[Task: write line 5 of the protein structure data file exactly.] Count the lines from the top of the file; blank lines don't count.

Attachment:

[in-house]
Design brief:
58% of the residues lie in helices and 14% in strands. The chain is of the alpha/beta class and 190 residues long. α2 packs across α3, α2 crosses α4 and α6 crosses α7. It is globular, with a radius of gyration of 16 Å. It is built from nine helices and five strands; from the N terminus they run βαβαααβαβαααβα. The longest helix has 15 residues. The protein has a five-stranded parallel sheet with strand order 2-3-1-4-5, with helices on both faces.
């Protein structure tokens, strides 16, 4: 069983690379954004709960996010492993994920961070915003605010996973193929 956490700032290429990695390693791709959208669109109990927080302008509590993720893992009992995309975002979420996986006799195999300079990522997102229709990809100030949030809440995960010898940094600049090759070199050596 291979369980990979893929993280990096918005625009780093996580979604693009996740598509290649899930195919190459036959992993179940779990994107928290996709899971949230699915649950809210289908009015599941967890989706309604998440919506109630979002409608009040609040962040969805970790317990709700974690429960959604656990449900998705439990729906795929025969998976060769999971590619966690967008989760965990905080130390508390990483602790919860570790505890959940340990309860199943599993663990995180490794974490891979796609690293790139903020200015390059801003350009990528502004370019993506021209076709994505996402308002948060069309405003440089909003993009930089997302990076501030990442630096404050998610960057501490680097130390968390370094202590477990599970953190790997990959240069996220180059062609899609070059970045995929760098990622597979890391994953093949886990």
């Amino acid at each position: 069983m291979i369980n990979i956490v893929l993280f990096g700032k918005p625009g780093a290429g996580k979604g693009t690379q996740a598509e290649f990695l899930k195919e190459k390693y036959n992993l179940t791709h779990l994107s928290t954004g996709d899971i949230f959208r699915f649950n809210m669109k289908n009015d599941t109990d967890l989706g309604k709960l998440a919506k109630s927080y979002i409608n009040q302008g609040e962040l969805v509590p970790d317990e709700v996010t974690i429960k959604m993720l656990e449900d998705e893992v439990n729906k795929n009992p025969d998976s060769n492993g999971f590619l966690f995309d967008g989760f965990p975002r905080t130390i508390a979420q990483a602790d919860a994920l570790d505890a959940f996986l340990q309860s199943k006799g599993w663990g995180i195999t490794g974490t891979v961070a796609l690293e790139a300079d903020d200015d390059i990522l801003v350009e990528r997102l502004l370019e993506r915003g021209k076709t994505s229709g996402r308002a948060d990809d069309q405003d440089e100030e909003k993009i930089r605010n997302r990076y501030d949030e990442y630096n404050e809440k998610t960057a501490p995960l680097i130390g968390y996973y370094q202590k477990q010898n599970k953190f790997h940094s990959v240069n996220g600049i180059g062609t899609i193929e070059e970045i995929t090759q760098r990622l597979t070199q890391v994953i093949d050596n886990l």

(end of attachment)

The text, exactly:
């Amino acid at each position: 069983m291979i369980n990979i956490v893929l993280f990096g700032k918005p625009g780093a290429g996580k979604g693009t690379q996740a598509e290649f990695l899930k195919e190459k390693y036959n992993l179940t791709h779990l994107s928290t954004g996709d899971i949230f959208r699915f649950n809210m669109k289908n009015d599941t109990d967890l989706g309604k709960l998440a919506k109630s927080y979002i409608n009040q302008g609040e962040l969805v509590p970790d317990e709700v996010t974690i429960k959604m993720l656990e449900d998705e893992v439990n729906k795929n009992p025969d998976s060769n492993g999971f590619l966690f995309d967008g989760f965990p975002r905080t130390i508390a979420q990483a602790d919860a994920l570790d505890a959940f996986l340990q309860s199943k006799g599993w663990g995180i195999t490794g974490t891979v961070a796609l690293e790139a300079d903020d200015d390059i990522l801003v350009e990528r997102l502004l370019e993506r915003g021209k076709t994505s229709g996402r308002a948060d990809d069309q405003d440089e100030e909003k993009i930089r605010n997302r990076y501030d949030e990442y630096n404050e809440k998610t960057a501490p995960l680097i130390g968390y996973y370094q202590k477990q010898n599970k953190f790997h940094s990959v240069n996220g600049i180059g062609t899609i193929e070059e970045i995929t090759q760098r990622l597979t070199q890391v994953i093949d050596n886990l």